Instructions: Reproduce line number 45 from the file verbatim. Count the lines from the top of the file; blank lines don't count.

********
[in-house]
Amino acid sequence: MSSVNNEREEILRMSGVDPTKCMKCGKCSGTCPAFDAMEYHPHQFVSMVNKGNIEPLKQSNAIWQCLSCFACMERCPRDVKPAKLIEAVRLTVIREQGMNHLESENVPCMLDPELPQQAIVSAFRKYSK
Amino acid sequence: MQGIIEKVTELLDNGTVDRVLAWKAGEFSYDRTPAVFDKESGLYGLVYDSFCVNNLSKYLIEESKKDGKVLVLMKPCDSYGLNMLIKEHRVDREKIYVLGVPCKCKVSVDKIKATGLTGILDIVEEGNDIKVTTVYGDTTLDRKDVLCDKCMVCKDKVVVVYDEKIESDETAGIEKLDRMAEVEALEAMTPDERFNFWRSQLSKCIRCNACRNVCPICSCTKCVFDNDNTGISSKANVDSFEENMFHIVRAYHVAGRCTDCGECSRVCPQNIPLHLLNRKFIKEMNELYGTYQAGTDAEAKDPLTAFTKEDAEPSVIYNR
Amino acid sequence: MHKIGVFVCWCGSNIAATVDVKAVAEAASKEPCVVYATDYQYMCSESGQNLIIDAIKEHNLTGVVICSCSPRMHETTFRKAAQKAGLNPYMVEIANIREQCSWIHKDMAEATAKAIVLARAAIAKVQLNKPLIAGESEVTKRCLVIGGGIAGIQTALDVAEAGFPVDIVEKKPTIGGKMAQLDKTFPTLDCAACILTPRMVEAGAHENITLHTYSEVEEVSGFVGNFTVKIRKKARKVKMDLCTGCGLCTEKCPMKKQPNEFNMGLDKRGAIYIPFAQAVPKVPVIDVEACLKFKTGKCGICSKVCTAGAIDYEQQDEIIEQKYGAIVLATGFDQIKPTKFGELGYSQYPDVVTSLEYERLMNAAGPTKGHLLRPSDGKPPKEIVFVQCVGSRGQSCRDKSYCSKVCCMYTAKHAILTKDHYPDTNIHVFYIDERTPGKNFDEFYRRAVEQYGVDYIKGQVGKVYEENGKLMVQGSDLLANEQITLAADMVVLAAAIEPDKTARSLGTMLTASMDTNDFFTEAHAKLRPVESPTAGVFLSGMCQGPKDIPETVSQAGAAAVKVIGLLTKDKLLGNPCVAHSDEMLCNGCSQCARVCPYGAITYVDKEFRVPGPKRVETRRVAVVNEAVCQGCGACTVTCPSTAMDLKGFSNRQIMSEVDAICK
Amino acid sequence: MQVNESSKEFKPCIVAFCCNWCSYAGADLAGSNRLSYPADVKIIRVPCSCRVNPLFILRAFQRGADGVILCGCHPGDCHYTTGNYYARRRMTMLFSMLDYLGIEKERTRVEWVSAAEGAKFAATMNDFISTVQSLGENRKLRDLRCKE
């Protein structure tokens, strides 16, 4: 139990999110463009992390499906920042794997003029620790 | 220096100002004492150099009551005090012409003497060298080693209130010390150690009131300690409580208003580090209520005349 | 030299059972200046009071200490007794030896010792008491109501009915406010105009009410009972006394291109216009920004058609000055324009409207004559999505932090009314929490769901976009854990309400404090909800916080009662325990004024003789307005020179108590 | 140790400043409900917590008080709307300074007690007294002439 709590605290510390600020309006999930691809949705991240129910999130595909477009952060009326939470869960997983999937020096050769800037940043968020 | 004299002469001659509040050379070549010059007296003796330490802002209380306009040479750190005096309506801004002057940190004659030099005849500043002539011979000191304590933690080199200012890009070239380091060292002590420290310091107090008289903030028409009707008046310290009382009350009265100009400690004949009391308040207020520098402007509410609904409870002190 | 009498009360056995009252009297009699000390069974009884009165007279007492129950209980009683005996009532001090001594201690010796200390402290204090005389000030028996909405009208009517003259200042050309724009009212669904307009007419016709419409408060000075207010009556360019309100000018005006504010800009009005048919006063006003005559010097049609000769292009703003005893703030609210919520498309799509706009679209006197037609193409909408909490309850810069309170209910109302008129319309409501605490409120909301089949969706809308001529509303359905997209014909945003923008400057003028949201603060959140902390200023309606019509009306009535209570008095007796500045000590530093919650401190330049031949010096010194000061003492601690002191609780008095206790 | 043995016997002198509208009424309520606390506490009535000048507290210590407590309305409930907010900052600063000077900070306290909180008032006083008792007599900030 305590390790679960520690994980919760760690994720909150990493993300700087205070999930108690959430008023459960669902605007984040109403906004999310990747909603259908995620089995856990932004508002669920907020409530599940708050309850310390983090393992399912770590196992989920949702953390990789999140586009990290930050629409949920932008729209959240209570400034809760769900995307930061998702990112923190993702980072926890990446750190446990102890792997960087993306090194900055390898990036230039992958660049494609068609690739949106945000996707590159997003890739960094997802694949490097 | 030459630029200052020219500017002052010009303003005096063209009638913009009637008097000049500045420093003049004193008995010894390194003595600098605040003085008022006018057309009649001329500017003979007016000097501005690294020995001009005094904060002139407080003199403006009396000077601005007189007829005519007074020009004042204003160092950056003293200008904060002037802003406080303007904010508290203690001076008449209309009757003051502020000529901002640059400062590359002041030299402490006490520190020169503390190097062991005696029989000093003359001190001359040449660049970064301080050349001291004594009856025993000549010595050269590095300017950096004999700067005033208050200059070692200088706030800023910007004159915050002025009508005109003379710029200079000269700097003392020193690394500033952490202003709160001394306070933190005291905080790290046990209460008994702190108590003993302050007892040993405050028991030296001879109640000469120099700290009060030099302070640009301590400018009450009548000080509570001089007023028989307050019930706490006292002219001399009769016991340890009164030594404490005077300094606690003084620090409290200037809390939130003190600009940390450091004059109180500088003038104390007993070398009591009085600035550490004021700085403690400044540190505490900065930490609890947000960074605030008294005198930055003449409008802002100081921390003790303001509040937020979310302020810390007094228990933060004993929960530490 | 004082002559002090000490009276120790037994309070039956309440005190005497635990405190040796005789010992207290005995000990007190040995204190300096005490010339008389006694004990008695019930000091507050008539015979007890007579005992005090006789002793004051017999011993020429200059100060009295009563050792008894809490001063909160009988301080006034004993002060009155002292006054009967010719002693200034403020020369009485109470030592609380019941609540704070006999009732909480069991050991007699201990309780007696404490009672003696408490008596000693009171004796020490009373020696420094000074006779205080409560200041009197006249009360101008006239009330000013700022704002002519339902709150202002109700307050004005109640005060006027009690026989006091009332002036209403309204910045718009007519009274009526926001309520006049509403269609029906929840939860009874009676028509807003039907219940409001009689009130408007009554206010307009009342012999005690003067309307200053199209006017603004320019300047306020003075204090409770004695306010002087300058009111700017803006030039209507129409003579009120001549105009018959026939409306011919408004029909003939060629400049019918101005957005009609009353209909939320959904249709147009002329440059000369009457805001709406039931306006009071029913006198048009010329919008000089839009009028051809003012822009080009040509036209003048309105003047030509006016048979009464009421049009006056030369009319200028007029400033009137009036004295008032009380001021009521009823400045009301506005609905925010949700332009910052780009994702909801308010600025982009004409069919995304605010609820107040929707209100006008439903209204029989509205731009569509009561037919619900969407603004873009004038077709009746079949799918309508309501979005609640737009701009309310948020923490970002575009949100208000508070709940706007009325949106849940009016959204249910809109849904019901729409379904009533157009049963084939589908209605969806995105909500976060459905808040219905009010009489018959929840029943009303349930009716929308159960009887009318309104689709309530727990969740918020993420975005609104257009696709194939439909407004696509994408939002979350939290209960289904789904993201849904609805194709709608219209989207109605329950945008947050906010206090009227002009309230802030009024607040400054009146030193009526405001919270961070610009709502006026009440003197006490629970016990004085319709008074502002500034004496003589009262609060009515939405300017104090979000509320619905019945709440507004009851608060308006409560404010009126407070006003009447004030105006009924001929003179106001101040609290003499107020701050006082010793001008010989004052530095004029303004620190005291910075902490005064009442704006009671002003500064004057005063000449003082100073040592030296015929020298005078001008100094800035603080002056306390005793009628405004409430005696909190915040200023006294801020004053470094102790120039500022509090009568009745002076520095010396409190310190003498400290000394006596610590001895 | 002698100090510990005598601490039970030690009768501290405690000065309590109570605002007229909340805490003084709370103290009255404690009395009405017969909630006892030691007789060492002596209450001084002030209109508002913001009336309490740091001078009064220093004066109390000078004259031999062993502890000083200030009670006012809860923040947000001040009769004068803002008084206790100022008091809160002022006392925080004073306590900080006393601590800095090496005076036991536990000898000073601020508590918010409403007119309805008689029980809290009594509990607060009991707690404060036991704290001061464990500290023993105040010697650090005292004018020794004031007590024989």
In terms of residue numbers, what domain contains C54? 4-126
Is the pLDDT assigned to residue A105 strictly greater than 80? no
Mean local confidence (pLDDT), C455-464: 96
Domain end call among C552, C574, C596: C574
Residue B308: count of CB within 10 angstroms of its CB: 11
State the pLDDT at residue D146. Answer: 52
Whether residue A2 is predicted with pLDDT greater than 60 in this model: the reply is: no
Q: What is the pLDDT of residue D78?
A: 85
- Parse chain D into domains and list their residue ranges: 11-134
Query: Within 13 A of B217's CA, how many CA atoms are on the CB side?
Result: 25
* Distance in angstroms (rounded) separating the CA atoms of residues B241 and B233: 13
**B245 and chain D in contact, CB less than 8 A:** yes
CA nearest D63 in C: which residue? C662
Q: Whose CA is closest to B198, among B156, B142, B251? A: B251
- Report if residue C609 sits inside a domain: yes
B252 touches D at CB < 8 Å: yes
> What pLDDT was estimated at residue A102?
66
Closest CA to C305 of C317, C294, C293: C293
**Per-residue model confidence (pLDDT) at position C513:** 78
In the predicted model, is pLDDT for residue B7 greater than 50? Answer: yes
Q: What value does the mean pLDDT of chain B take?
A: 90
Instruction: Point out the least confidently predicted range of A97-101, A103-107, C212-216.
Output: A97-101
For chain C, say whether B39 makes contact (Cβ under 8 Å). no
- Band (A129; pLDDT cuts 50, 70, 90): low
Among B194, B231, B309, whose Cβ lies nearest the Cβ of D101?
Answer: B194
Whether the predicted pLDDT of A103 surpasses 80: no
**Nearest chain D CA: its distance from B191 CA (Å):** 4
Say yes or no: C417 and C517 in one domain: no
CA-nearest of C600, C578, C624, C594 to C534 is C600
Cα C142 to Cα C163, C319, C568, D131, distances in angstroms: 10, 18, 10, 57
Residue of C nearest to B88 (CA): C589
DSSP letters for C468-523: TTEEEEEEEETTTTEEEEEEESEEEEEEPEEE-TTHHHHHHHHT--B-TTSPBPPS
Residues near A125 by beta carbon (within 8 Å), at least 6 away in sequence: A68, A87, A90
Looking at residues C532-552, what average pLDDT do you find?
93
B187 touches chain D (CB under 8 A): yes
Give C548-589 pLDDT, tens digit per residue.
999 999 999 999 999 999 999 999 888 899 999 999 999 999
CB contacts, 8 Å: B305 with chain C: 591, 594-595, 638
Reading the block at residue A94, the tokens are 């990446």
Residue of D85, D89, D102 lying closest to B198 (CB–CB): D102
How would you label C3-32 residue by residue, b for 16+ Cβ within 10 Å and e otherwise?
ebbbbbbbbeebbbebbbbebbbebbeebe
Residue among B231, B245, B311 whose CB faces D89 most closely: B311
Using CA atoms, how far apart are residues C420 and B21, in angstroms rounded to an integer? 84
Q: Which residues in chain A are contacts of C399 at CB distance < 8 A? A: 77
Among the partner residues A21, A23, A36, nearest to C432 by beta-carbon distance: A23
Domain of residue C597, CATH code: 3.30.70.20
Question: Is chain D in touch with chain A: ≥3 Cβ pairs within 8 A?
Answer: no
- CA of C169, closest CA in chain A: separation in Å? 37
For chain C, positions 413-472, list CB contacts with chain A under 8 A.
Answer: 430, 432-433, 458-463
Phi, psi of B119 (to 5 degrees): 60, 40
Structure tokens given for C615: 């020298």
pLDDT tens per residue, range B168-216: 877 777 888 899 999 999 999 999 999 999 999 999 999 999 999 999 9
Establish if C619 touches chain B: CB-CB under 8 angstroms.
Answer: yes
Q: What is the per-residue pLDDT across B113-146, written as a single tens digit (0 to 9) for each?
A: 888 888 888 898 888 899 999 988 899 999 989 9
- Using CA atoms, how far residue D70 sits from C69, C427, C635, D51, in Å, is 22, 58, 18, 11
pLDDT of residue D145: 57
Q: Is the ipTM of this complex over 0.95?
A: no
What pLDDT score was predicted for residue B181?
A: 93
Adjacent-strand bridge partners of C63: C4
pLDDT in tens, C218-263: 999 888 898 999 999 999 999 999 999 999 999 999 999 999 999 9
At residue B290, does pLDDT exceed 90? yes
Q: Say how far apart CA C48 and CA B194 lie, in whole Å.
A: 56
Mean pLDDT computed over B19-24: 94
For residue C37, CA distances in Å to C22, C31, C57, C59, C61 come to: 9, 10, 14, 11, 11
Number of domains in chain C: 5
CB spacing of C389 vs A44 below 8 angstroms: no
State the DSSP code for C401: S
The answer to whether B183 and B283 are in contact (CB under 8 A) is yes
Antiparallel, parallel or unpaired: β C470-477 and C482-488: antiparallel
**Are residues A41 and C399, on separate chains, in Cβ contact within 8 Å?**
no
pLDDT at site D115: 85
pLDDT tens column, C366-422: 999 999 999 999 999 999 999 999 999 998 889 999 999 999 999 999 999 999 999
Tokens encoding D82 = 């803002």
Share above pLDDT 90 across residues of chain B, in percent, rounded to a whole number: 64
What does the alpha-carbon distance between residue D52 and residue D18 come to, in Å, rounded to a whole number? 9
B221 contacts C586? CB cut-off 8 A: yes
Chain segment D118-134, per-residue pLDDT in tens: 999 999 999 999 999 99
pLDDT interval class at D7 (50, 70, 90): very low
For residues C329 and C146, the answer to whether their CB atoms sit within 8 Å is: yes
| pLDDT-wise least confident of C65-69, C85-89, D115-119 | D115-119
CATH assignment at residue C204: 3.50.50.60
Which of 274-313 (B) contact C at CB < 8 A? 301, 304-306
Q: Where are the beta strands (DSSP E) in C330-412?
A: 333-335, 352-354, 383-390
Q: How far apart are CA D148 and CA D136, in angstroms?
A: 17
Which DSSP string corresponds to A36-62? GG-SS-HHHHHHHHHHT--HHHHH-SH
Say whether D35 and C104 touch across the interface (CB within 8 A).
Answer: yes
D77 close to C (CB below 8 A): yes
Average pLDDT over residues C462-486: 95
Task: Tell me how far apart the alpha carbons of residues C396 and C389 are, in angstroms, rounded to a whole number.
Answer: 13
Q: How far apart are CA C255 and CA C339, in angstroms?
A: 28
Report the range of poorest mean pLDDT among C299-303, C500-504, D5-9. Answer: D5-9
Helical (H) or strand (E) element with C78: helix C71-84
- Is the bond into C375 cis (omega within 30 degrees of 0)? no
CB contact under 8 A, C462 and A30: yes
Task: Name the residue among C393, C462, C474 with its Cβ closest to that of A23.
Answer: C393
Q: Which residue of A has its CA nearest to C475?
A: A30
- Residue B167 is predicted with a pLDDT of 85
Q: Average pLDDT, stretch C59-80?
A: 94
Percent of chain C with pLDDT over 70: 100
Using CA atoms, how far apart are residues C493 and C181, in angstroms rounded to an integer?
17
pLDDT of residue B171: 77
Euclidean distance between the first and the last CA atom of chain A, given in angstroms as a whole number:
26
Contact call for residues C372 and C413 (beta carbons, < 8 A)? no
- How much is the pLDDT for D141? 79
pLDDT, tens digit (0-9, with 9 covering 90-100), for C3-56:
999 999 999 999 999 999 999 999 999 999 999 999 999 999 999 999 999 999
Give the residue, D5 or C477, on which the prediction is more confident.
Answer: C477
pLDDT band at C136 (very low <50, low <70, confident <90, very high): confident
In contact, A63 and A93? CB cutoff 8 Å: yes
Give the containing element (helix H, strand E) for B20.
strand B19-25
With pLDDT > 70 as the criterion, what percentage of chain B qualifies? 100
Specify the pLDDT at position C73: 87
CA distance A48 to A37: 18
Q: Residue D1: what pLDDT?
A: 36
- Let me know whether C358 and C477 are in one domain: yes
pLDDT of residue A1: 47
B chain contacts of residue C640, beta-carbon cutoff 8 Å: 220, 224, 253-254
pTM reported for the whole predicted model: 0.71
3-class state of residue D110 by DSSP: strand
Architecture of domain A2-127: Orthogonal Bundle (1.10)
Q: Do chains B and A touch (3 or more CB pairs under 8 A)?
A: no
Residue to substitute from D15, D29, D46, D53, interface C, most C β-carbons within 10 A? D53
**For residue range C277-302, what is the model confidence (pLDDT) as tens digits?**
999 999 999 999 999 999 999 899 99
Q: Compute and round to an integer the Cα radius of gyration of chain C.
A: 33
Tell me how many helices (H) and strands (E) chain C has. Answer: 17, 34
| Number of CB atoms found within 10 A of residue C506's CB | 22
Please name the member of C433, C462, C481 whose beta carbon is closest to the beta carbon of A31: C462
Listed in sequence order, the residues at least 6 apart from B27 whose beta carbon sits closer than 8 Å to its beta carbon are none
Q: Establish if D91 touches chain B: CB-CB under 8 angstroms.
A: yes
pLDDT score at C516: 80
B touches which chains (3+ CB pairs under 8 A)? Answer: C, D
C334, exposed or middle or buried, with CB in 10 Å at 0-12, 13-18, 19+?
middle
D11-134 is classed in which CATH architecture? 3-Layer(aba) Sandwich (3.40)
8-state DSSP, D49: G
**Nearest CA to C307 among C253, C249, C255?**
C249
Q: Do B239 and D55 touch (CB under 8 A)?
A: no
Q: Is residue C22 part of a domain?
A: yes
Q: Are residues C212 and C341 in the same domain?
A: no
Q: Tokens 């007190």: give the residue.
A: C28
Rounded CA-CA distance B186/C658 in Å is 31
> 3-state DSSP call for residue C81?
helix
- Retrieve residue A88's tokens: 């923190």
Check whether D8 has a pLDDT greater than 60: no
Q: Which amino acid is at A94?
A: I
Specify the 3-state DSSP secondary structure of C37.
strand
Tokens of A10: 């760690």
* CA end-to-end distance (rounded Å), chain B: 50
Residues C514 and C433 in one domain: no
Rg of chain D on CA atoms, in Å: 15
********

Residues near A125 by beta carbon (within 8 Å), at least 6 away in sequence: A68, A87, A90